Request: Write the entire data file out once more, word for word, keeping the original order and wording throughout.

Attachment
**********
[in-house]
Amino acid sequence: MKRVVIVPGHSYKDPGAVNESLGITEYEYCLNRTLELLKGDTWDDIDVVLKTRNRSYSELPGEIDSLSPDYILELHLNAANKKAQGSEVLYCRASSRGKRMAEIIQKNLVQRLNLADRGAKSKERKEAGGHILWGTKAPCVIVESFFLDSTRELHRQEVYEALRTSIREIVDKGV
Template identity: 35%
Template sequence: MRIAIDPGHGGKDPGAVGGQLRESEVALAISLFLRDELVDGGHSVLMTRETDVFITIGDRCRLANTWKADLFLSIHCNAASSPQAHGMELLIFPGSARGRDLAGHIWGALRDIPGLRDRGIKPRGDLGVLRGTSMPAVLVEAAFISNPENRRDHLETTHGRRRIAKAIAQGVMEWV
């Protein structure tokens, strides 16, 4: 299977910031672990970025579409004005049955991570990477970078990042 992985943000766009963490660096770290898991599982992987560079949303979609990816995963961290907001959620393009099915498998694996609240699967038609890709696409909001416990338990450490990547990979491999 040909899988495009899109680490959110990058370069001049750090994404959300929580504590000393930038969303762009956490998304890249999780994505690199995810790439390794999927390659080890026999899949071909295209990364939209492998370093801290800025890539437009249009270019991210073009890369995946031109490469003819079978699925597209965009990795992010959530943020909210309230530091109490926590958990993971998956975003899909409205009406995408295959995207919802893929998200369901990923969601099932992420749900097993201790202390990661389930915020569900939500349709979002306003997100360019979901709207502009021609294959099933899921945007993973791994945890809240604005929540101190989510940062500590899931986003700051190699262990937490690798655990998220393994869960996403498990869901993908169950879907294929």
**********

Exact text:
[in-house]
Amino acid sequence: MKRVVIVPGHSYKDPGAVNESLGITEYEYCLNRTLELLKGDTWDDIDVVLKTRNRSYSELPGEIDSLSPDYILELHLNAANKKAQGSEVLYCRASSRGKRMAEIIQKNLVQRLNLADRGAKSKERKEAGGHILWGTKAPCVIVESFFLDSTRELHRQEVYEALRTSIREIVDKGV
Template identity: 35%
Template sequence: MRIAIDPGHGGKDPGAVGGQLRESEVALAISLFLRDELVDGGHSVLMTRETDVFITIGDRCRLANTWKADLFLSIHCNAASSPQAHGMELLIFPGSARGRDLAGHIWGALRDIPGLRDRGIKPRGDLGVLRGTSMPAVLVEAAFISNPENRRDHLETTHGRRRIAKAIAQGVMEWV
């Protein structure tokens, strides 16, 4: 299977910031672990970025579409004005049955991570990477970078990042 992985943000766009963490660096770290898991599982992987560079949303979609990816995963961290907001959620393009099915498998694996609240699967038609890709696409909001416990338990450490990547990979491999 040909899988495009899109680490959110990058370069001049750090994404959300929580504590000393930038969303762009956490998304890249999780994505690199995810790439390794999927390659080890026999899949071909295209990364939209492998370093801290800025890539437009249009270019991210073009890369995946031109490469003819079978699925597209965009990795992010959530943020909210309230530091109490926590958990993971998956975003899909409205009406995408295959995207919802893929998200369901990923969601099932992420749900097993201790202390990661389930915020569900939500349709979002306003997100360019979901709207502009021609294959099933899921945007993973791994945890809240604005929540101190989510940062500590899931986003700051190699262990937490690798655990998220393994869960996403498990869901993908169950879907294929």